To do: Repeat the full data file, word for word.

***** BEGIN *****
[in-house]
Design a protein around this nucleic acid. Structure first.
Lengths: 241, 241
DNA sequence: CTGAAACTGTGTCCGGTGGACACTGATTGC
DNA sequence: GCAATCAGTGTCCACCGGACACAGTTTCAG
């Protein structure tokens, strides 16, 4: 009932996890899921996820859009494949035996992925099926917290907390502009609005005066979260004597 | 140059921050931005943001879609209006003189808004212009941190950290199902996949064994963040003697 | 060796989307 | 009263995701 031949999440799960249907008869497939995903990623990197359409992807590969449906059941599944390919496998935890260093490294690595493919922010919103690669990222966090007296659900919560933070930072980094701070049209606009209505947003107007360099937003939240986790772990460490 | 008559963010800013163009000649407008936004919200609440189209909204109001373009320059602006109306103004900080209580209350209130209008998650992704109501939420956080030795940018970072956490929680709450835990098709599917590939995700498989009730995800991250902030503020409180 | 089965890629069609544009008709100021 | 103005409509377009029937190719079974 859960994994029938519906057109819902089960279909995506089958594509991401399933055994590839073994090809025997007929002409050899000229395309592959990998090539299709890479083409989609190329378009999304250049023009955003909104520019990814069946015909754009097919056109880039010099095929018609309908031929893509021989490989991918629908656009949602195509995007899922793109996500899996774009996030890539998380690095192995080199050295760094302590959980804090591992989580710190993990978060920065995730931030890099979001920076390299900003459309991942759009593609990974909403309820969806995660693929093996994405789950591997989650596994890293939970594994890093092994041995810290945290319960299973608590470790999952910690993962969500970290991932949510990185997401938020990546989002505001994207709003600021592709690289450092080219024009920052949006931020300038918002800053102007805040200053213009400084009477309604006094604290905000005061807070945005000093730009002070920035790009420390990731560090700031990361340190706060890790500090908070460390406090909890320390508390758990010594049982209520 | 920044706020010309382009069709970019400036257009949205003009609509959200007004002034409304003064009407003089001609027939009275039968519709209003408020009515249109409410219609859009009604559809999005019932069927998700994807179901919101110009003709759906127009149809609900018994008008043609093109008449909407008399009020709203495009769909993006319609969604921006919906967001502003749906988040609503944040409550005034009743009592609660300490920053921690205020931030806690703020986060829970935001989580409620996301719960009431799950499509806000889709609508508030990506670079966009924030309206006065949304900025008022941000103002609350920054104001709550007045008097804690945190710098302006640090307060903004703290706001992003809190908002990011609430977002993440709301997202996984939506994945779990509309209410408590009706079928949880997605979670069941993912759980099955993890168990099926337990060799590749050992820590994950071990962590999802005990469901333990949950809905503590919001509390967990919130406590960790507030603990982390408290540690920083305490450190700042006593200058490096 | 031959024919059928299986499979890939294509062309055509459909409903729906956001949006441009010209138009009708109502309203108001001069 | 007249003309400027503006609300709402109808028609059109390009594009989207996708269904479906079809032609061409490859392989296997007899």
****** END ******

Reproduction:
[in-house]
Design a protein around this nucleic acid. Structure first.
Lengths: 241, 241
DNA sequence: CTGAAACTGTGTCCGGTGGACACTGATTGC
DNA sequence: GCAATCAGTGTCCACCGGACACAGTTTCAG
């Protein structure tokens, strides 16, 4: 009932996890899921996820859009494949035996992925099926917290907390502009609005005066979260004597 | 140059921050931005943001879609209006003189808004212009941190950290199902996949064994963040003697 | 060796989307 | 009263995701 031949999440799960249907008869497939995903990623990197359409992807590969449906059941599944390919496998935890260093490294690595493919922010919103690669990222966090007296659900919560933070930072980094701070049209606009209505947003107007360099937003939240986790772990460490 | 008559963010800013163009000649407008936004919200609440189209909204109001373009320059602006109306103004900080209580209350209130209008998650992704109501939420956080030795940018970072956490929680709450835990098709599917590939995700498989009730995800991250902030503020409180 | 089965890629069609544009008709100021 | 103005409509377009029937190719079974 859960994994029938519906057109819902089960279909995506089958594509991401399933055994590839073994090809025997007929002409050899000229395309592959990998090539299709890479083409989609190329378009999304250049023009955003909104520019990814069946015909754009097919056109880039010099095929018609309908031929893509021989490989991918629908656009949602195509995007899922793109996500899996774009996030890539998380690095192995080199050295760094302590959980804090591992989580710190993990978060920065995730931030890099979001920076390299900003459309991942759009593609990974909403309820969806995660693929093996994405789950591997989650596994890293939970594994890093092994041995810290945290319960299973608590470790999952910690993962969500970290991932949510990185997401938020990546989002505001994207709003600021592709690289450092080219024009920052949006931020300038918002800053102007805040200053213009400084009477309604006094604290905000005061807070945005000093730009002070920035790009420390990731560090700031990361340190706060890790500090908070460390406090909890320390508390758990010594049982209520 | 920044706020010309382009069709970019400036257009949205003009609509959200007004002034409304003064009407003089001609027939009275039968519709209003408020009515249109409410219609859009009604559809999005019932069927998700994807179901919101110009003709759906127009149809609900018994008008043609093109008449909407008399009020709203495009769909993006319609969604921006919906967001502003749906988040609503944040409550005034009743009592609660300490920053921690205020931030806690703020986060829970935001989580409620996301719960009431799950499509806000889709609508508030990506670079966009924030309206006065949304900025008022941000103002609350920054104001709550007045008097804690945190710098302006640090307060903004703290706001992003809190908002990011609430977002993440709301997202996984939506994945779990509309209410408590009706079928949880997605979670069941993912759980099955993890168990099926337990060799590749050992820590994950071990962590999802005990469901333990949950809905503590919001509390967990919130406590960790507030603990982390408290540690920083305490450190700042006593200058490096 | 031959024919059928299986499979890939294509062309055509459909409903729906956001949006441009010209138009009708109502309203108001001069 | 007249003309400027503006609300709402109808028609059109390009594009989207996708269904479906079809032609061409490859392989296997007899």